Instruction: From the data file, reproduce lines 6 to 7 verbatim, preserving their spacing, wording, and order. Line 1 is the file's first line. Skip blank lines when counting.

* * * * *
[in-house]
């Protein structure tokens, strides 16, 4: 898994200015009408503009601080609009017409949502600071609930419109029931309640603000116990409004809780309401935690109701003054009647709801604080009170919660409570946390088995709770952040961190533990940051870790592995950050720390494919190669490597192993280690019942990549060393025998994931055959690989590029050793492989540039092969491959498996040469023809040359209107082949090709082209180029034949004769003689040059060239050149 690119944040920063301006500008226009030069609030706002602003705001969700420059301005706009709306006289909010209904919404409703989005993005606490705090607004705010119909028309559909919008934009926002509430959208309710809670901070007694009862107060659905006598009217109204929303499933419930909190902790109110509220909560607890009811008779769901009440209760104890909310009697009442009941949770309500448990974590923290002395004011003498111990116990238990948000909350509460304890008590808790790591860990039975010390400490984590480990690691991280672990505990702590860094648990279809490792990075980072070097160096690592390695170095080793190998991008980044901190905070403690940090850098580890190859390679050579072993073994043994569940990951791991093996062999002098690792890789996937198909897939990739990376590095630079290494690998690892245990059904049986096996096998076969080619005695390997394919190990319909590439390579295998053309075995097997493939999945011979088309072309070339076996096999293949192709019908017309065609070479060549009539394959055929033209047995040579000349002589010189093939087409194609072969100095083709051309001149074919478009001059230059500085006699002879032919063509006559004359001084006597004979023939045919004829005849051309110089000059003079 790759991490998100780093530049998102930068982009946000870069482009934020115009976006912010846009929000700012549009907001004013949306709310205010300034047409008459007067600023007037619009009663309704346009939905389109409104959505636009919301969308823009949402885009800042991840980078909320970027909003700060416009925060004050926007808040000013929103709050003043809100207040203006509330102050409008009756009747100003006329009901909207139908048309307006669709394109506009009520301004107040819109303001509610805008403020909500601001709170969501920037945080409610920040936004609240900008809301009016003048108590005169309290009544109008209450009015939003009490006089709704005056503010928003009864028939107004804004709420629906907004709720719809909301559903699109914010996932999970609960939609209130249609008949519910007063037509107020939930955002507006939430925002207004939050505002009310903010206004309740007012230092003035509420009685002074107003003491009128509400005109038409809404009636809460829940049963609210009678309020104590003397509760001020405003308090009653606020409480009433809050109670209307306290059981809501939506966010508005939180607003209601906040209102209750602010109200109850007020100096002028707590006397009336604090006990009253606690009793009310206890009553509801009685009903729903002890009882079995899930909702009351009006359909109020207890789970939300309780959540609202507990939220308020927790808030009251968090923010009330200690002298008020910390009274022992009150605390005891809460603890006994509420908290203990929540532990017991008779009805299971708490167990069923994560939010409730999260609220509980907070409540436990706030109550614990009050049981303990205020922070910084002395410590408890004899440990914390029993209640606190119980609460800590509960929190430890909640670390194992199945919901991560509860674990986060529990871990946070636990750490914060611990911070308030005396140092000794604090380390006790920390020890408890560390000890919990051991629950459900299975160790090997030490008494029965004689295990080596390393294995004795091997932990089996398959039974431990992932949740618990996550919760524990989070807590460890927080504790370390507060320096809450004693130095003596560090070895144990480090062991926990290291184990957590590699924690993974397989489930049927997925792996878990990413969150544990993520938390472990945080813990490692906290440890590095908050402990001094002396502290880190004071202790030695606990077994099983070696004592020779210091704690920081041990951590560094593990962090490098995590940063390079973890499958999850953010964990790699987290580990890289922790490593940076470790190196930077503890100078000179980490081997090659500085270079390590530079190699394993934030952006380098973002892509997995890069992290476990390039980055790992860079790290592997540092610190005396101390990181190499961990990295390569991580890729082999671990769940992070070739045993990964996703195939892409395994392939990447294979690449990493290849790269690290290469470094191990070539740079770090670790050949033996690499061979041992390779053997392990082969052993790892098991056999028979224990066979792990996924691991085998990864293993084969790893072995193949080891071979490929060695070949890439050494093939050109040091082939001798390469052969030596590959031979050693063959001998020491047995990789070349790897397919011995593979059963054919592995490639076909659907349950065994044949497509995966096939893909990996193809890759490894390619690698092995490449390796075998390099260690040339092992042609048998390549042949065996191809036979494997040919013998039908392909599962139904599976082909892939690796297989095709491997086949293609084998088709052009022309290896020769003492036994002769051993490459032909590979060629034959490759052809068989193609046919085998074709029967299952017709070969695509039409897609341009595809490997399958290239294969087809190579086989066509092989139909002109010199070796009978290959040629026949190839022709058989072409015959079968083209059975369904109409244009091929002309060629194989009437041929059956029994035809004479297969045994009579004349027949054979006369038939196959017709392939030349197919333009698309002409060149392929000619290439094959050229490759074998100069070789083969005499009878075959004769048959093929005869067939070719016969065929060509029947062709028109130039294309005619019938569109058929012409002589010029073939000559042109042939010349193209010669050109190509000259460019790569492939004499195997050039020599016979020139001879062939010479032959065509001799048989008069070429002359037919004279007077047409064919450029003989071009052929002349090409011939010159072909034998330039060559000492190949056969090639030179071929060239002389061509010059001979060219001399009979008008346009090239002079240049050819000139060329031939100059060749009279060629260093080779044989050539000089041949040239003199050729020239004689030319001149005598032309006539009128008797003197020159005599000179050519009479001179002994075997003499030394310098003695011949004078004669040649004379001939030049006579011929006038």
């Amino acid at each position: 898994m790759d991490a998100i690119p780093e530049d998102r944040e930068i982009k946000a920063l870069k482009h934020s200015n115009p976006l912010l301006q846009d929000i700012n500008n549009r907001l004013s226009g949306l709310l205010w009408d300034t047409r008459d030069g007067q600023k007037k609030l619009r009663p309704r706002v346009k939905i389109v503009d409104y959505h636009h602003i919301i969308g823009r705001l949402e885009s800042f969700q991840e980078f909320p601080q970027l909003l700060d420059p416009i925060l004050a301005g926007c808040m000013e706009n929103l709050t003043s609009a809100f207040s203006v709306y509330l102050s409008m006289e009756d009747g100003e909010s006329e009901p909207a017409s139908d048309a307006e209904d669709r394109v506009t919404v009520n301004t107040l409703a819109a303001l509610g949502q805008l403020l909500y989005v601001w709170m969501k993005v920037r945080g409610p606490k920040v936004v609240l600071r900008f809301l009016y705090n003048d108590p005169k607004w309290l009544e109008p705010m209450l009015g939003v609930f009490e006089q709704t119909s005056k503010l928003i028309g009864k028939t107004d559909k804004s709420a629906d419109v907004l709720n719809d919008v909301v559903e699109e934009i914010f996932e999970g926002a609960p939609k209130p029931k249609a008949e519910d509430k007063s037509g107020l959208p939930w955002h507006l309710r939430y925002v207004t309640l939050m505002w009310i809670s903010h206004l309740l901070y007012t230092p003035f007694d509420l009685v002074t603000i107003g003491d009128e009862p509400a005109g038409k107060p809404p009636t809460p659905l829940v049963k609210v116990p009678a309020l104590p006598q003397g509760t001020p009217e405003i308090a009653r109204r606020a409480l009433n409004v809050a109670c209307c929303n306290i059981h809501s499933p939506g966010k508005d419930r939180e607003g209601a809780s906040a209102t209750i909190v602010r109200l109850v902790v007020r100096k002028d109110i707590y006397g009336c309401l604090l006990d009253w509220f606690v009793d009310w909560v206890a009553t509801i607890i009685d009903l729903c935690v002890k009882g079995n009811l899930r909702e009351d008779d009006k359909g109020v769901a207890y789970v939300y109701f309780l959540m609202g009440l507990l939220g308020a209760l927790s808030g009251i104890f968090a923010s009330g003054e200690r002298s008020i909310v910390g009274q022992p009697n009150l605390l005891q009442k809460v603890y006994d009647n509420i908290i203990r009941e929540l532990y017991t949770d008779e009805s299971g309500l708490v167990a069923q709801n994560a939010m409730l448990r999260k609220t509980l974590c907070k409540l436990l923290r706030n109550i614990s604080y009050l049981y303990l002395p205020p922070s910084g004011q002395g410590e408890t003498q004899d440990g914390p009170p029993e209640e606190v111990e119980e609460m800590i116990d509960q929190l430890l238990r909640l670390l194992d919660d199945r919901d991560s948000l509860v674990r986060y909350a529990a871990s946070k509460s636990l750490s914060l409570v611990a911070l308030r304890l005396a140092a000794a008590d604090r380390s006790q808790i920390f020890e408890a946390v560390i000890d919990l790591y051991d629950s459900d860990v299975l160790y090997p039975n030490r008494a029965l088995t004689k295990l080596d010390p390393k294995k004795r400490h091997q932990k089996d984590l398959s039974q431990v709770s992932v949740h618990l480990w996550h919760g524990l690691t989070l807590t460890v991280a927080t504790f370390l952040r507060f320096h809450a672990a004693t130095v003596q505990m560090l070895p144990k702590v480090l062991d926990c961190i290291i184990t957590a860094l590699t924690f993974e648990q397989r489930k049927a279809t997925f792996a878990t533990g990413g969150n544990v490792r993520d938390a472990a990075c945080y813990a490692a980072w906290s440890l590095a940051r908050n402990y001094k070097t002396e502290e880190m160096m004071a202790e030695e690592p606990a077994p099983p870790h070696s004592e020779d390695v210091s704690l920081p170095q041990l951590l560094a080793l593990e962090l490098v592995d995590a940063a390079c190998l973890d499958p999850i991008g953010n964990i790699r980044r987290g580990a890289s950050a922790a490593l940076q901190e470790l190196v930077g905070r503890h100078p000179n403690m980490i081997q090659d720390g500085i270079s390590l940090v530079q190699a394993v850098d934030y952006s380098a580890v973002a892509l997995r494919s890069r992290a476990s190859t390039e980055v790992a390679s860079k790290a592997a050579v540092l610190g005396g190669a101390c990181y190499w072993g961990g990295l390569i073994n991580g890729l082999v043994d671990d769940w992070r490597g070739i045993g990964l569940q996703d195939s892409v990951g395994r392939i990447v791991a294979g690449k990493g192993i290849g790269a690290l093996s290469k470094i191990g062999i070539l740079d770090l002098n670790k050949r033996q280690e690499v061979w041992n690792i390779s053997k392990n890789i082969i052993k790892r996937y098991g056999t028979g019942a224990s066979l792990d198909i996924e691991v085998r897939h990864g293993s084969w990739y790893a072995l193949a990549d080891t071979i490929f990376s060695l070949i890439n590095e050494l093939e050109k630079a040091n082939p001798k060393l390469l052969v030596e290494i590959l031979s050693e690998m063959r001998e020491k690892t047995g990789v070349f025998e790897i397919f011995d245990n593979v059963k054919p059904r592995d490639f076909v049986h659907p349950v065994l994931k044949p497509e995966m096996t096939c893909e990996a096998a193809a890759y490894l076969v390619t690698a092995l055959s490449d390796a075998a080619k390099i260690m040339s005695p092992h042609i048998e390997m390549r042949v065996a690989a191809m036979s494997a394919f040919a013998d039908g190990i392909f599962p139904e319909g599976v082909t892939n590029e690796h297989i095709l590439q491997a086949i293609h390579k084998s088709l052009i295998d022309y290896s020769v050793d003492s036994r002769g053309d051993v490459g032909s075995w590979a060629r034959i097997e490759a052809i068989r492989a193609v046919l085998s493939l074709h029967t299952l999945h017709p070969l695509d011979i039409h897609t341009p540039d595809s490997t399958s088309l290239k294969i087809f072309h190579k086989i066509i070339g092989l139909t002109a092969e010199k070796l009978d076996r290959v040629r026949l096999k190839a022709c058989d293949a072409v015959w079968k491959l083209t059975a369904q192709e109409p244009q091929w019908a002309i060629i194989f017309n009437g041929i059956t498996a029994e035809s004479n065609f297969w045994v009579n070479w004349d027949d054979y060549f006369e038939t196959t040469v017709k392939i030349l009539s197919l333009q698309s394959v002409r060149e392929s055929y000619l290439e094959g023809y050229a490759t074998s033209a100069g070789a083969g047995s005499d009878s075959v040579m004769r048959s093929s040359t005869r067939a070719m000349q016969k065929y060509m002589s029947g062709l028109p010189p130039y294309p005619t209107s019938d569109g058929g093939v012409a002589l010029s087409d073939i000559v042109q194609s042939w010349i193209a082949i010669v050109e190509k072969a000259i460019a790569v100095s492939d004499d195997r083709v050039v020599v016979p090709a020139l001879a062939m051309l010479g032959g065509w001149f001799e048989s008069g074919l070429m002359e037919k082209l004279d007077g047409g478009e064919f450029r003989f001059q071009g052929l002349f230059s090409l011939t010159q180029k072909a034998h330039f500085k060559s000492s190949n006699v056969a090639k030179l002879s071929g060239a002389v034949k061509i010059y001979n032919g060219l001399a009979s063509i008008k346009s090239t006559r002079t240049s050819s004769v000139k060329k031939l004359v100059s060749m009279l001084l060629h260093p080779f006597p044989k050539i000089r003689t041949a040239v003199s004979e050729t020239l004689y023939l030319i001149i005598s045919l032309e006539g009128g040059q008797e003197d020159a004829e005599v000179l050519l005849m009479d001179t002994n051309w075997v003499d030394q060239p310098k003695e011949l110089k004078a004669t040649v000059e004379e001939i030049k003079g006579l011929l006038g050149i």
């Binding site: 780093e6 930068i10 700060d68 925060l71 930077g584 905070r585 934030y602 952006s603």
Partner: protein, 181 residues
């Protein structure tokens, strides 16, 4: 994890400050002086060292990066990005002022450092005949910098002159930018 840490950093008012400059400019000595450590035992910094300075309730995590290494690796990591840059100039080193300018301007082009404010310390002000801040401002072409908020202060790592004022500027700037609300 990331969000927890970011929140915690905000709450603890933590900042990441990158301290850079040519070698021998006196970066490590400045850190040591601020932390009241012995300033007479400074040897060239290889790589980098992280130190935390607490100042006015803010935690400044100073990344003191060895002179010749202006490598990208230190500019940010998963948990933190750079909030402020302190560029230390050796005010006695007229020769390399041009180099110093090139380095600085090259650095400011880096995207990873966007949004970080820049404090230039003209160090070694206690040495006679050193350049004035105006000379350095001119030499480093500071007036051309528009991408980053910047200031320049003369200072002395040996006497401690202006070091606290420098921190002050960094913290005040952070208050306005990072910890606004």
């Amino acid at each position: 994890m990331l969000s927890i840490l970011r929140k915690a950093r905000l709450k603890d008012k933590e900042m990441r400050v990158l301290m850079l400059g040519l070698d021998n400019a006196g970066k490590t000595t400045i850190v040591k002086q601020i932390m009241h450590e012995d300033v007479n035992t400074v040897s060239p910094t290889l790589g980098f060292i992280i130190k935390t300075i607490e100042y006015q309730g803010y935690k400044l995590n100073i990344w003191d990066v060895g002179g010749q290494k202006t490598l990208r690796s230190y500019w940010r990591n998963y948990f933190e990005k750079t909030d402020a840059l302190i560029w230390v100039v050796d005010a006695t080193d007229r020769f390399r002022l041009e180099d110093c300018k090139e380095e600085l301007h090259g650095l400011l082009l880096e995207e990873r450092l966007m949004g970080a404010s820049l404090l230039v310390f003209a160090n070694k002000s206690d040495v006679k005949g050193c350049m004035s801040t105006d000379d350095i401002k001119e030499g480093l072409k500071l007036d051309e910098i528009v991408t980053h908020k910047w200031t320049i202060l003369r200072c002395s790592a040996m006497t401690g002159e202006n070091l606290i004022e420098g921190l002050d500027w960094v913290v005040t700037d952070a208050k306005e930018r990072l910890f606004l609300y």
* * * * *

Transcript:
């Protein structure tokens, strides 16, 4: 994890400050002086060292990066990005002022450092005949910098002159930018 840490950093008012400059400019000595450590035992910094300075309730995590290494690796990591840059100039080193300018301007082009404010310390002000801040401002072409908020202060790592004022500027700037609300 990331969000927890970011929140915690905000709450603890933590900042990441990158301290850079040519070698021998006196970066490590400045850190040591601020932390009241012995300033007479400074040897060239290889790589980098992280130190935390607490100042006015803010935690400044100073990344003191060895002179010749202006490598990208230190500019940010998963948990933190750079909030402020302190560029230390050796005010006695007229020769390399041009180099110093090139380095600085090259650095400011880096995207990873966007949004970080820049404090230039003209160090070694206690040495006679050193350049004035105006000379350095001119030499480093500071007036051309528009991408980053910047200031320049003369200072002395040996006497401690202006070091606290420098921190002050960094913290005040952070208050306005990072910890606004």
């Amino acid at each position: 994890m990331l969000s927890i840490l970011r929140k915690a950093r905000l709450k603890d008012k933590e900042m990441r400050v990158l301290m850079l400059g040519l070698d021998n400019a006196g970066k490590t000595t400045i850190v040591k002086q601020i932390m009241h450590e012995d300033v007479n035992t400074v040897s060239p910094t290889l790589g980098f060292i992280i130190k935390t300075i607490e100042y006015q309730g803010y935690k400044l995590n100073i990344w003191d990066v060895g002179g010749q290494k202006t490598l990208r690796s230190y500019w940010r990591n998963y948990f933190e990005k750079t909030d402020a840059l302190i560029w230390v100039v050796d005010a006695t080193d007229r020769f390399r002022l041009e180099d110093c300018k090139e380095e600085l301007h090259g650095l400011l082009l880096e995207e990873r450092l966007m949004g970080a404010s820049l404090l230039v310390f003209a160090n070694k002000s206690d040495v006679k005949g050193c350049m004035s801040t105006d000379d350095i401002k001119e030499g480093l072409k500071l007036d051309e910098i528009v991408t980053h908020k910047w200031t320049i202060l003369r200072c002395s790592a040996m006497t401690g002159e202006n070091l606290i004022e420098g921190l002050d500027w960094v913290v005040t700037d952070a208050k306005e930018r990072l910890f606004l609300y």